Infant Formula May Not Be Hypoallergenic
Though some formula manufacturers have claimed that partially hydrolyzed infant formula made with 100 percent whey-protein is hypoallergenic for babies who are allergic to milk, a study led by the U.S. Food and Drug Administration concluded that those claims are not verified by legitimate research.
Some of these formulas have been marketed as reducing the risk of atopic dermatitis, known as eczema, which is common in infants. Eczema can be exacerbated by infant formula and early introduction of solid foods.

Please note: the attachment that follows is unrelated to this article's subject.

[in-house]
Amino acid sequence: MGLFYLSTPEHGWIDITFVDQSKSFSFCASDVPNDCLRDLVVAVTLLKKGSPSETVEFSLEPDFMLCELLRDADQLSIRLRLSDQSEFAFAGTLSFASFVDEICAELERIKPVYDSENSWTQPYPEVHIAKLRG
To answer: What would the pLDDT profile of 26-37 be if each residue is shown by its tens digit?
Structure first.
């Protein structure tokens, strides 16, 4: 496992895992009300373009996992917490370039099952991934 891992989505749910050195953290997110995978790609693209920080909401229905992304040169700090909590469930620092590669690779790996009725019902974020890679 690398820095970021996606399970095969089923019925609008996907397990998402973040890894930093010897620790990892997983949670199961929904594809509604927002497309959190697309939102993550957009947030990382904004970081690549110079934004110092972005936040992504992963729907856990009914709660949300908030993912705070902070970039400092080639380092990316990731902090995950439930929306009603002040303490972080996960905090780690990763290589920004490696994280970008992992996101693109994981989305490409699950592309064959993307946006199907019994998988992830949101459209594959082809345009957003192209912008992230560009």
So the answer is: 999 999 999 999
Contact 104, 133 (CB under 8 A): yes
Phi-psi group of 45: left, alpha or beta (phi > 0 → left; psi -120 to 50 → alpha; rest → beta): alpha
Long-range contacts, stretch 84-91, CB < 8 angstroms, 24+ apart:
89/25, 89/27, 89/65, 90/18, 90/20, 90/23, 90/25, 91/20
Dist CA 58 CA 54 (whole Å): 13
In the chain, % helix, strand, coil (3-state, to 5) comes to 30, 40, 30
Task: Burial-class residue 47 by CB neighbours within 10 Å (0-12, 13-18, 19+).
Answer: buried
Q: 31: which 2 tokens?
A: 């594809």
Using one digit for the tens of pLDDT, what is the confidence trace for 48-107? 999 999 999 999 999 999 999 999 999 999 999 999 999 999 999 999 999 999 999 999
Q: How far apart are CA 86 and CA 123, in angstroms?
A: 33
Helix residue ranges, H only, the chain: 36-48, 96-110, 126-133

The FDA study concluded that "very little scientific evidence suggests that, for healthy infants who are not exclusively breastfed and who have a family history or allergy, feeding a 100 percent whey-protein partially hydrologyzed infant formula from birth up to age 4 months [instead of a cow's milk formula] may reduce the risk of developing atopic dermatitis through the first year of life and up to 3 years of age."
The FDA is now requiring labeling of these formulas to state, "Partially hydrolyzed formulas should not be fed to infants who are allergic to milk or to infants with existing milk allergy symptoms."
Read formula labels and discuss them with your child's doctor. Find the abstract at pediatrics.aappublications.org (search for Hypoallergenic Formula).